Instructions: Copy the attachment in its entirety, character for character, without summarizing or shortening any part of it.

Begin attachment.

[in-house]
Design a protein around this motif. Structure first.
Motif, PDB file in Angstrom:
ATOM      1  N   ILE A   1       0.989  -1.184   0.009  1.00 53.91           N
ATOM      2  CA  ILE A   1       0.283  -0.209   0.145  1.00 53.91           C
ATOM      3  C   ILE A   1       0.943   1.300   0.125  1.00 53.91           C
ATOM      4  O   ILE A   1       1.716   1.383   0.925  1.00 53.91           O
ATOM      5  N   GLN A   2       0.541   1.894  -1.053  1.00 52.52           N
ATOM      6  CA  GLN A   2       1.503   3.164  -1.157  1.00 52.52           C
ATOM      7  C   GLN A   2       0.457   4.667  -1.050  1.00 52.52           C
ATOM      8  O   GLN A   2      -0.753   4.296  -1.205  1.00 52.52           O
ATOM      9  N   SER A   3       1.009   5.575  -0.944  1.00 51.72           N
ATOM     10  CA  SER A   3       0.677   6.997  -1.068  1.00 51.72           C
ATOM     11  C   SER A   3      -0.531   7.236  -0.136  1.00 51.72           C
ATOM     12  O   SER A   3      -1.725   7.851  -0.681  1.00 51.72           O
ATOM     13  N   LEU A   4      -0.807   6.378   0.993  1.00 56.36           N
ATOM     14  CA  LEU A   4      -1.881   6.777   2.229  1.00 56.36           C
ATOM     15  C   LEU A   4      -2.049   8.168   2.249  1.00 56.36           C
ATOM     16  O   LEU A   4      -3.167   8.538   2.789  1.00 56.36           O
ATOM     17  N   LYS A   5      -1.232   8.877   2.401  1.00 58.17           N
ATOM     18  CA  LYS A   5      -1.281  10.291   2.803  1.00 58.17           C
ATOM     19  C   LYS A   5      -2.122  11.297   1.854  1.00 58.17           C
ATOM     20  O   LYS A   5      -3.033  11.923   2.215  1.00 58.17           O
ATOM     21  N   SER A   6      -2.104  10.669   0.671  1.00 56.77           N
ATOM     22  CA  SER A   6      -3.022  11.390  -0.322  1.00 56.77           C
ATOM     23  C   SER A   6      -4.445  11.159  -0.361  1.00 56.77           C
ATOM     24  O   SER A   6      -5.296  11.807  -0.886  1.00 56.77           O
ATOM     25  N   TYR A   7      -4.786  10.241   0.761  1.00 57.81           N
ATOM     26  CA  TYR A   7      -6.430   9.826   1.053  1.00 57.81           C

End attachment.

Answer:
[in-house]
Design a protein around this motif. Structure first.
Motif, PDB file in Angstrom:
ATOM      1  N   ILE A   1       0.989  -1.184   0.009  1.00 53.91           N
ATOM      2  CA  ILE A   1       0.283  -0.209   0.145  1.00 53.91           C
ATOM      3  C   ILE A   1       0.943   1.300   0.125  1.00 53.91           C
ATOM      4  O   ILE A   1       1.716   1.383   0.925  1.00 53.91           O
ATOM      5  N   GLN A   2       0.541   1.894  -1.053  1.00 52.52           N
ATOM      6  CA  GLN A   2       1.503   3.164  -1.157  1.00 52.52           C
ATOM      7  C   GLN A   2       0.457   4.667  -1.050  1.00 52.52           C
ATOM      8  O   GLN A   2      -0.753   4.296  -1.205  1.00 52.52           O
ATOM      9  N   SER A   3       1.009   5.575  -0.944  1.00 51.72           N
ATOM     10  CA  SER A   3       0.677   6.997  -1.068  1.00 51.72           C
ATOM     11  C   SER A   3      -0.531   7.236  -0.136  1.00 51.72           C
ATOM     12  O   SER A   3      -1.725   7.851  -0.681  1.00 51.72           O
ATOM     13  N   LEU A   4      -0.807   6.378   0.993  1.00 56.36           N
ATOM     14  CA  LEU A   4      -1.881   6.777   2.229  1.00 56.36           C
ATOM     15  C   LEU A   4      -2.049   8.168   2.249  1.00 56.36           C
ATOM     16  O   LEU A   4      -3.167   8.538   2.789  1.00 56.36           O
ATOM     17  N   LYS A   5      -1.232   8.877   2.401  1.00 58.17           N
ATOM     18  CA  LYS A   5      -1.281  10.291   2.803  1.00 58.17           C
ATOM     19  C   LYS A   5      -2.122  11.297   1.854  1.00 58.17           C
ATOM     20  O   LYS A   5      -3.033  11.923   2.215  1.00 58.17           O
ATOM     21  N   SER A   6      -2.104  10.669   0.671  1.00 56.77           N
ATOM     22  CA  SER A   6      -3.022  11.390  -0.322  1.00 56.77           C
ATOM     23  C   SER A   6      -4.445  11.159  -0.361  1.00 56.77           C
ATOM     24  O   SER A   6      -5.296  11.807  -0.886  1.00 56.77           O
ATOM     25  N   TYR A   7      -4.786  10.241   0.761  1.00 57.81           N
ATOM     26  CA  TYR A   7      -6.430   9.826   1.053  1.00 57.81           C